Posted by Yvonne on 12.11.2009


Source: Guys and St Thomas NHS Foundation Trust

ID/Lab’s hospital terminology and pictogram comprehension research in 2008 showed the confusion that can occur when using ‘medical or process jargon’ on signage. At first glance the results of the terminology testing provide few surprises:

Terms such as Podiatry (10%) were not understood nearly as well as Foot Clinic (42%). The lowest scores given for Allied Health (0%) and Ambulatory (0%). Both these terms are meaningless to patients and visitors, regardless of their proficiency in the English language.

The study involved users from the top five most common languages spoken by the hospitals users, representing 75% of the hospitals CALD (Cultural and Linguistic Diversity) users.

As Rob Waller on his Simpleton blog points out: Wayfinding projects are not just about showing people the way – they are often about making the way easier to show. Guy’s and St Thomas’ Hospital last year renamed many of their buildings to provide a set of names that makes more sense for patients. For example, people used to have trouble finding New Guy’s House, because it was not particularly new. This means that they’ve had to change not only signs and maps, but appointment letters too.

Department names are also changing:

  • ‘Paediatrics’ = ‘Children’s services’
  • ‘Ophthalmology’ = ‘Eye department’.
  • ‘Renal unit’ = ‘Kidney unit’
  • ‘Surgical appliances’ = ‘Patient appliances’.

Hurray for simplification!

COMMENT FROM
FJ de Kermadec


14.11.09

Thanks for your thoughtful reply, Michel! I definitely agree with you that wayfinding goes beyond signage, and I applaud your efforts to bring consistency to the hospital. I especially like the idea of renaming buildings, having new addresses assigned to them and ensuring the layout is clearer to understand. Overall, I am definitely not criticising your drive for simplicity and your global approach to wayfinding—on the contrary. I am not convinced that replacing proper names with simpler ones is the right move in the long term—but I do understand your argument for it—, and it is only a matter of personal perspective, certainly not a criticism of your efforts at large. Keep up the interesting work!

COMMENT FROM
Michel Verheem


13.11.09

Hi FJ, You are right in saying that the solution to simple navigation is not to dumb down names of departments and services. Especially in a hospital environment, simple wayfinding requires a holistic approach; spoken word (staff training), written information (e.g. website, appointment letter, information brochures), signage (e.g. information, directional, landmarks) and the built environment should work together to make the user find their right destination - and the way out again. The 'dumbing down' of the terminology being used is to make the information accessible for a larger proportion of the users. ID/Lab's terminology research shows that people with limited English proficiency find simpler terms easier to understand and remember. For people with a visual or cognitive disability, the dumbed down version of the medical terminology allows them to easier separate between terms that often look very similar (e.g. Orthoptics, Orthopedics, Orthodontics, Opthalmology, Oncology). As part of the wayshowing strategy, the terms to be used for each department, building, specialism, etcetera, that will be used in wayshowing and patient information should be agreed and used consistently by all. If staff giving spoken directions refer to a destination by one name, appointment letters refer to it by another and then signs use a different term, people will have real difficulty finding a destination. Staff must be made aware of the potential wayfinding problems people will have if terms used in appointment letters and spoken directions do not relate to the wayfinding information at the site, including signs, directories and maps. Unfortunately, wayshowing is too often seen as a signage exercise, with no or little regard to all the other stimuli and information that the wayfinder requires before and during their journey. Hope this clears it up!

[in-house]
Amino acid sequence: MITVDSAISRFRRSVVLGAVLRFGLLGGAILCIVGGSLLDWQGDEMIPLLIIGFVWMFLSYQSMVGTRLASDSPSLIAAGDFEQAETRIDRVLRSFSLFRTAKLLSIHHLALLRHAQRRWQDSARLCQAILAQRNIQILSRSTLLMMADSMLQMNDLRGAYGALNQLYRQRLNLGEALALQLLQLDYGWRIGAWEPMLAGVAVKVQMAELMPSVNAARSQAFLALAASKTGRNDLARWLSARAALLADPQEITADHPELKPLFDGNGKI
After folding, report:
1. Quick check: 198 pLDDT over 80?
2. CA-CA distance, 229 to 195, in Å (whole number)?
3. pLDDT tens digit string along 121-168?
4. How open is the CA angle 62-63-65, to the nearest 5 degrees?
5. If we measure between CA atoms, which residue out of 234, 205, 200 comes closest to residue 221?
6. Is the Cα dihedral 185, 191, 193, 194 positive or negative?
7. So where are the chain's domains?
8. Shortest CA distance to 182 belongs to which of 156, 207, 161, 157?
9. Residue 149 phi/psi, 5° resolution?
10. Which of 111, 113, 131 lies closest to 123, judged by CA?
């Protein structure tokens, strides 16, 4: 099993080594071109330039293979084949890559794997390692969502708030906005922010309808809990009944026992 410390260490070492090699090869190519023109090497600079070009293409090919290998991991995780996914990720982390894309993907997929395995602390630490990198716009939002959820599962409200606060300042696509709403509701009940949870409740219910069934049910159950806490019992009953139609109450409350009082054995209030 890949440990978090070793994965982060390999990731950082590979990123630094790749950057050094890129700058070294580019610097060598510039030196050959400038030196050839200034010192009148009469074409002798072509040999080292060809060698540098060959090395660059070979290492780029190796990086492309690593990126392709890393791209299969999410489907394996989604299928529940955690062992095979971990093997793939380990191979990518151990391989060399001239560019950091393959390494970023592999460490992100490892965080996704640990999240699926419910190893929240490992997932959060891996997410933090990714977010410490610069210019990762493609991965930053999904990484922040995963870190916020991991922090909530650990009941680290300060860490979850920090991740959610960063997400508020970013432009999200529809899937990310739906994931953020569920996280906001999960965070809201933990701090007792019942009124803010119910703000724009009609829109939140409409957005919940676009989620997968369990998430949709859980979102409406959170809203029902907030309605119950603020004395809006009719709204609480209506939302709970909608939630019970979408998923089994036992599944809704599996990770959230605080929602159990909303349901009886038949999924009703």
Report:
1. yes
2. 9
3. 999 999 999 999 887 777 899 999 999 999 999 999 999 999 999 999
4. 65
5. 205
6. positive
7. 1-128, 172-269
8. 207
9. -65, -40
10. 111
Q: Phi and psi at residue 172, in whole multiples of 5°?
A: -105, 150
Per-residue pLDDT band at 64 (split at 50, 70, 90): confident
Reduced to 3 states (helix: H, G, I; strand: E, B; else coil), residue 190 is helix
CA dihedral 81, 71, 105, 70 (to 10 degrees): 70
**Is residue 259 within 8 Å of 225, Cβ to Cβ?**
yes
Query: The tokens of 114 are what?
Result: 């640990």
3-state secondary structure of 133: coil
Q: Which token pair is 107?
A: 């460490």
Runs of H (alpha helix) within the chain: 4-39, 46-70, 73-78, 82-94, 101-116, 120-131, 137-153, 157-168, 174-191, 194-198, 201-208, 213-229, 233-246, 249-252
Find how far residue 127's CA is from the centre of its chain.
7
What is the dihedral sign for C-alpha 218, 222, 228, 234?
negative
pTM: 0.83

COMMENT FROM
FJ de Kermadec


12.11.09

While helping patients navigate around the hospital is a highly commendable and highly useful project, I remain unconvinced that the solution is to dumb down names and departments. Certainly, emergency services should be accessible quickly by outside patients and, therefore, announced in the simplest language possible, with an abundance of red and pictograms. However, shouldn't patients who are being cared for by a podiatrist reasonably find their way to the podiatry department? If they don't, or do not know who is in charge of them, then maybe the key lies in training staff and doctors so that patients are provided with the right words to understand where they are being treated, and by whom. Children’s services could mean social services, and patient appliances could mean television rental. The signs may no longer be obscure, but they have become fuzzy.